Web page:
Democratic Dead Heat in Iowa

With Biden, Sanders and Buttigieg tied in the polls, who will emerge victorious from the primary?

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U.S. Senator Bernie Sanders walking in the Independence Day parade with supporters in Ames, Iowa. July 4, 2019. (photo: Gage Skidmore)

Competitors for the 2020 Democratic nomination for President are having the best worst year of their lives.

On one hand, they have it in their power to remove Donald Trump from our lives forever- at least theoretically.

On the other hand, they have each other.

The large and diverse field of progressive defenders of the faith has been rendered down to just a handful of serious candidates. And an over-flowing handful of un-serious candidates.

Everyone from New Age writer Marianne Williamson to New York billionaire and former mayor Michael Bloomberg has tested the waters of this race, to varying degrees of success.

Besides Williamson- who has of late laid off her entire staff but maintains that a “connection” with voters is keeping her in the race- and Bloomberg- who maintains no connection with voters whatsoever but a personal fortune of billions keeping him in the race- other fringe candidates are still viable.

Andrew Yang is still enjoying points in the polls and healthy fundraising. Sen. Amy Klobuchar is experiencing some momentum in Iowa. Sen. Cory Booker remains in the race, waiting for his breakout moment.

Currently locked in a dead heat in the Iowa polls are former Vice President Joe Biden, Sen. Bernie Sanders, and Mayor Pete Buttigieg. Which of these candidates will emerge victorious a month from now during the Iowa caucus depends largely on who can peel the most supporters away from some of the lower-tier candidates.

Whichever one pulls the most support from Sen. Elizabeth Warren will have the best chance at the nomination.

The next few weeks, like the last few weeks, will be make or break for Sen. Elizabeth Warren. And the last few weeks were the breaking kind.

Her candidacy seems to have been permanently damaged by ham-handed deflections and half-hearted attempts to explain away tax increases that most economist agree with fall on the middle and working classes as a result of her Medicare for All proposals.

It is difficult to see older Democrats and the Unions supporting Warren. Older Democrats who already have Medicare don’t want to suffer the growing pains likely in the logistical complexity of extending it to tens of millions more patients in a relatively short amount of time.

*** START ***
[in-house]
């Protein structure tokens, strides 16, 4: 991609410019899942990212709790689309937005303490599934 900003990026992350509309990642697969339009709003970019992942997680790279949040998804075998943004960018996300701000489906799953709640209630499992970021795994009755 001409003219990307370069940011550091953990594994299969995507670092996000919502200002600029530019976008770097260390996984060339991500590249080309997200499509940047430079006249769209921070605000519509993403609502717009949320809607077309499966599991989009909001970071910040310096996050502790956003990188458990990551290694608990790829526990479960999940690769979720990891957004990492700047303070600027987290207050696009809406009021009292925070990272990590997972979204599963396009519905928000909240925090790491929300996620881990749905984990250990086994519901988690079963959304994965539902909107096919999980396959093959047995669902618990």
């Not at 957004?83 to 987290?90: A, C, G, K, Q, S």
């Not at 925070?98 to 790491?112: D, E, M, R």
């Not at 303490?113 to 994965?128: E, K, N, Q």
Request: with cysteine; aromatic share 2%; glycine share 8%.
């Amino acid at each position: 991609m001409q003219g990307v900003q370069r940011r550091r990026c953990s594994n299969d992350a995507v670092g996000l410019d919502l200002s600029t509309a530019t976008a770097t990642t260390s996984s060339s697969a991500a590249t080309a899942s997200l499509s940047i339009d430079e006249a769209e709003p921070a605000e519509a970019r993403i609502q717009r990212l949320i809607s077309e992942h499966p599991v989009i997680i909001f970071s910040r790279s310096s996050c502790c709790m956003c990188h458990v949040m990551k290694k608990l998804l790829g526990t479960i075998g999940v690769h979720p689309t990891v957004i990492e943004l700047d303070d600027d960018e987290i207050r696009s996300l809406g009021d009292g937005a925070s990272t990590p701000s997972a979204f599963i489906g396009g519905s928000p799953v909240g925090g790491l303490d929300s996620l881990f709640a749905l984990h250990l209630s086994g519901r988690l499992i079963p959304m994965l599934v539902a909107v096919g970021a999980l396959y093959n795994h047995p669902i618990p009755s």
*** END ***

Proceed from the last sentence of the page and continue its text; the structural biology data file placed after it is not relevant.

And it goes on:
Unions have in many cases fought long and hard for worker healthcare benefits. Many worker pools have sacrificed compensation for these benefits over the years. They will not be anxious to scrap it all for the new government plan beta testing phase.

Warren can promise all she likes; no one believes that such a radical undertaking wouldn’t involve more than a few mistakes and unintended consequences.

Warren also has little chance of gaining favor with liberal progressives in the Bernie Sanders camp. She sounds too much like a Republican.

She, unlike some of her Democratic contemporaries, was at least willing to concede the crimes of the late Iranian terrorist mastermind and Islamic Revolutionary Guard Corps Quds Force commander Qasem Soleimani before condemning Trump’s decision to eliminate him.

This is still too much for liberal progressives. The Washington Post, true to form, called Suleimani a “Iran’s most revered military leader”. Colin Kapernick, true to form, blamed the whole thing on U.S. racism.

Warren must understand: These are the correct attitudes on the left, now. Bipartisanship, common ground, compromise ended about the time Speaker of the House Nancy Pelosi told her fellow Democrats to be “willing to throw a punch for the children, take a punch- for the children.”

If Warren hadn’t sealed her fate with these comments, her support of Trump’s USMCA would undoubtably do so.

Biden, Buttigieg and Sanders will not let voters forget this. Each of these candidates will be coming for Warren, if they are smart.

It’s only fair; it’s their turn. For her criticism of Pete Buttigieg for holding his now-infamous “wine cave fundraiser”, for her many criticisms of Joe Biden, her fellow candidates will make no secret of her cooperation with the administration and goals of Donald Trump.

Nothing could be more poisonous on the progressive left these days than cooperation of any kind with Donald Trump.

Peeling away Warren’s support could seriously help the candidacy of Joe Biden. Older Democrats concerned about Medicare for All and Unions may find Biden appealing. On the other hand, Warren’s more progressive supporters will no doubt break toward Bernie Sanders.

Buttigieg might pick up some support from moderates who worry Biden won’t be able to go the distance against Trump.

At some point, though, one of these contenders will have to unite the warring factions within the Democratic Party. And anti-Trump filibusters will only get them so far.

(contributing writer, Brooke Bell)

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